Tasty concert at the PAC
Festival serves fine cuisine
by John French
A good concert should be like a fine meal…several different courses served with a common denominator. Tonight’s concert served by the Bellingham Festival of Music at Western Washington University was just that. Three very different courses and a wonderful common denominator: Austria in general, and Vienna in particular.
Our first course was the Symphony #83 in G minor by Joseph Haydn. Often referred to as the “Hen,” because of the interplay between the oboes and violins in the first movement, it is the second of six so-called “Paris” symphonies written in 1785. The performance tonight was bright to point of shimmering, with a wonderful give and take of themes between various instruments of the orchestra.
Maestro Palmer held everyone to brisk but appropriate tempi and the violins were in their glory, especially in the first movement. Of equally fine mention were the woodwinds in the third movement minuet and the very vivacious 12/8 Finale. A wonderful start to our meal.
Next up was the Schubert Unfinished Symphony #8 in B minor. From the very opening pianissimo carried by the low strings (cello and double bass) this was pure Schubertian magic. I have no idea if that is really a word, but that is the only way I can describe what I heard. Following the soft introduction, and the scary movie music part (yes, that bit was used for the opening of the 1932 Dracula movie), came the absolutely beautiful themes carried, again, by the woodwinds. Most notably the oboe, bassoon, and flute and they were recognized individually (as they should have been) by Maestro Palmer to a very warm ovation by an enthusiastic audience.
Now for the meat and potatoes, and I do mean meat! Let’s be perfectly clear from the very beginning, Brahms ain’t easy, either to listen to and certainly to play. The Double Concerto for Violin and Cello in A minor was Brahms last orchestral piece. It also was his way of making amends to an estranged friend of his, the violinist Joseph Joachim. Brahms had sided with Joachim’s wife in a not too pleasant divorce, and this was his way of saying he was sorry. On top of that, this was written in the autumn of his life which means one of the words frequently used when describing his music: dense.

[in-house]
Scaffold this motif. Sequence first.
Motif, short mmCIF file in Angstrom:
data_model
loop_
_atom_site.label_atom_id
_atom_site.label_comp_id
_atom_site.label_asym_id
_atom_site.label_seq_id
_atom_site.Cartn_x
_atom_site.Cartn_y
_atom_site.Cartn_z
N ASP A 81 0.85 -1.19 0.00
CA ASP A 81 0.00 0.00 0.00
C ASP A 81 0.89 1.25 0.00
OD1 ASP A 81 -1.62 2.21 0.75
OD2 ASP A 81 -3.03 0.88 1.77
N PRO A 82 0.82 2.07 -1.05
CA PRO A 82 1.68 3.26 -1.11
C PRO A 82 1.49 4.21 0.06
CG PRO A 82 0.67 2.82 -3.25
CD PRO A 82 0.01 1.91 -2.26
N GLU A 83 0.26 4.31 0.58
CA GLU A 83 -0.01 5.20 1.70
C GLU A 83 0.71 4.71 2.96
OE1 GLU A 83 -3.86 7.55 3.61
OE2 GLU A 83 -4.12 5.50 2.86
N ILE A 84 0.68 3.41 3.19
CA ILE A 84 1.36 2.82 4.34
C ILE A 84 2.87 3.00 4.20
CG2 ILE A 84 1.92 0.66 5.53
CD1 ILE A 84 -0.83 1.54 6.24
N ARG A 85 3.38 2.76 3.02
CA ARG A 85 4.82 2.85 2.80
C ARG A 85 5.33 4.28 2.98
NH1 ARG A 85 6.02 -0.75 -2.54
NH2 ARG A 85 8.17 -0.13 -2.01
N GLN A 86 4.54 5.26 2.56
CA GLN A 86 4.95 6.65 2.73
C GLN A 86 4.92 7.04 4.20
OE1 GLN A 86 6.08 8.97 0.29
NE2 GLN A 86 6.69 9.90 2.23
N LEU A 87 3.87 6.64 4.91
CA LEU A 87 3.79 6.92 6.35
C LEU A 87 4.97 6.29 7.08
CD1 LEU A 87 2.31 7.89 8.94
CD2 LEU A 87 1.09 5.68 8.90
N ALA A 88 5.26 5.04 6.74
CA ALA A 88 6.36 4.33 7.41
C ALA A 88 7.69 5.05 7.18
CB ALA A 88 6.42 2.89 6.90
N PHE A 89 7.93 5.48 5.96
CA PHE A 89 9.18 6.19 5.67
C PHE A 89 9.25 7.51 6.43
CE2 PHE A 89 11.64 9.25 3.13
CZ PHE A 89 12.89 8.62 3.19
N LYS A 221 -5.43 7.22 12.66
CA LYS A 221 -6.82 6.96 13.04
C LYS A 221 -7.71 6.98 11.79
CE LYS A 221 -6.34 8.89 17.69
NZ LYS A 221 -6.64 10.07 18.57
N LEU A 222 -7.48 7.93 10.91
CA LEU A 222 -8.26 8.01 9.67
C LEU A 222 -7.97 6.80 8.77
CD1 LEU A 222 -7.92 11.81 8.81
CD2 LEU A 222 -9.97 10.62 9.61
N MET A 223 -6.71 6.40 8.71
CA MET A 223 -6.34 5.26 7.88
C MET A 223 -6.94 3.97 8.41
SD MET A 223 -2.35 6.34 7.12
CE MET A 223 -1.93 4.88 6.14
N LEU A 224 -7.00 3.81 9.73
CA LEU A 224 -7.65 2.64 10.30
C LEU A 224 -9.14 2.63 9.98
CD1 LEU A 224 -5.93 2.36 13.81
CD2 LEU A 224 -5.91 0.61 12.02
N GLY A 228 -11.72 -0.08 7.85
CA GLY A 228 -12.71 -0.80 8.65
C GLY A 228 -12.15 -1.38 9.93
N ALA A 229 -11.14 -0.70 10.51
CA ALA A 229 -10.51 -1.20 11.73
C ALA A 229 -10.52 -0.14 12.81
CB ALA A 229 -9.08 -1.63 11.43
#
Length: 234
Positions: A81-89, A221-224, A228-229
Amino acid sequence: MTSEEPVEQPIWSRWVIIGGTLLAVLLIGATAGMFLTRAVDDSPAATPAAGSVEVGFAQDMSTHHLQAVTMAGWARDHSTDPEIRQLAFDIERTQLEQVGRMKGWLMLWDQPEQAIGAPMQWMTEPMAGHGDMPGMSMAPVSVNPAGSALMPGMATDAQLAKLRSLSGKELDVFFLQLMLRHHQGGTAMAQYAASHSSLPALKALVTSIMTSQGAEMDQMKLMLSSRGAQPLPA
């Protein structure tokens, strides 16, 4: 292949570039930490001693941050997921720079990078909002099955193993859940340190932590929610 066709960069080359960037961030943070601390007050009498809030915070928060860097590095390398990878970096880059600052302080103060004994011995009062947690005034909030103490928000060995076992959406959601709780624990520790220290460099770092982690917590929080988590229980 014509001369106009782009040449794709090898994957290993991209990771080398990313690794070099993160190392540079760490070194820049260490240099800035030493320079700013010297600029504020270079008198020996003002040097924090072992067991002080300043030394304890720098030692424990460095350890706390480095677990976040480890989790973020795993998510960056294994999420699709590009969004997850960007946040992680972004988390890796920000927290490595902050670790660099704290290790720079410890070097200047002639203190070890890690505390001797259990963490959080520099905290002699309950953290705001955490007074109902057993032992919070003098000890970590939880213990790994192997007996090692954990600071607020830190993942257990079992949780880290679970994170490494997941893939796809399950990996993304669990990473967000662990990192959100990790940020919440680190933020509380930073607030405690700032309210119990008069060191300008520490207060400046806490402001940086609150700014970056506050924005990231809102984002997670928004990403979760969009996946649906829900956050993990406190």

Add to that that you need not one, but two top flight instrumentalists to play this piece and you’re work is cut out for you. And it starts immediately (or 35 seconds into the concerto to be precise) with virtuosic cadenzas by both soloists. Janet Sung (violin) and Julian Schwarz (cello) were up to the challenge. If I had any one criticism, it would have been that Mr. Schwarz was too intense, especially in the opening allegro movement. I really felt that he might inadvertently saw his cello in half on more than one occasion.
However, by the stunningly languid opening bars of the second movement, he had calmed down enough to blend exquisitely with Ms. Sung. And this piece demands it as Brahms, sometimes, treats the two instruments as one. One finishing a scale the other has started, for example. And the hell-bent trade-offs in the fiery third movement are just what I called them. Sung, Schwarz, Palmer and company were right along for the full ride.
All and all this was a most rewarding night with three of Austria’s best representatives in the music writing department. And that is a small, but very impressive club. The Festival is to be commended for providing a venue for these two rising stars, who, with a little time, should have outstanding careers on their respective instruments.
Next on the bill, the sensational young violinist Stefan Jackiw returns for an encore after wowing audiences last season. There may still be some tickets left for the Saturday performance, 7:30 p.m. at the WWU PAC. Call the box office at (360) 650-6146 or order by e-mail: email@example.com.
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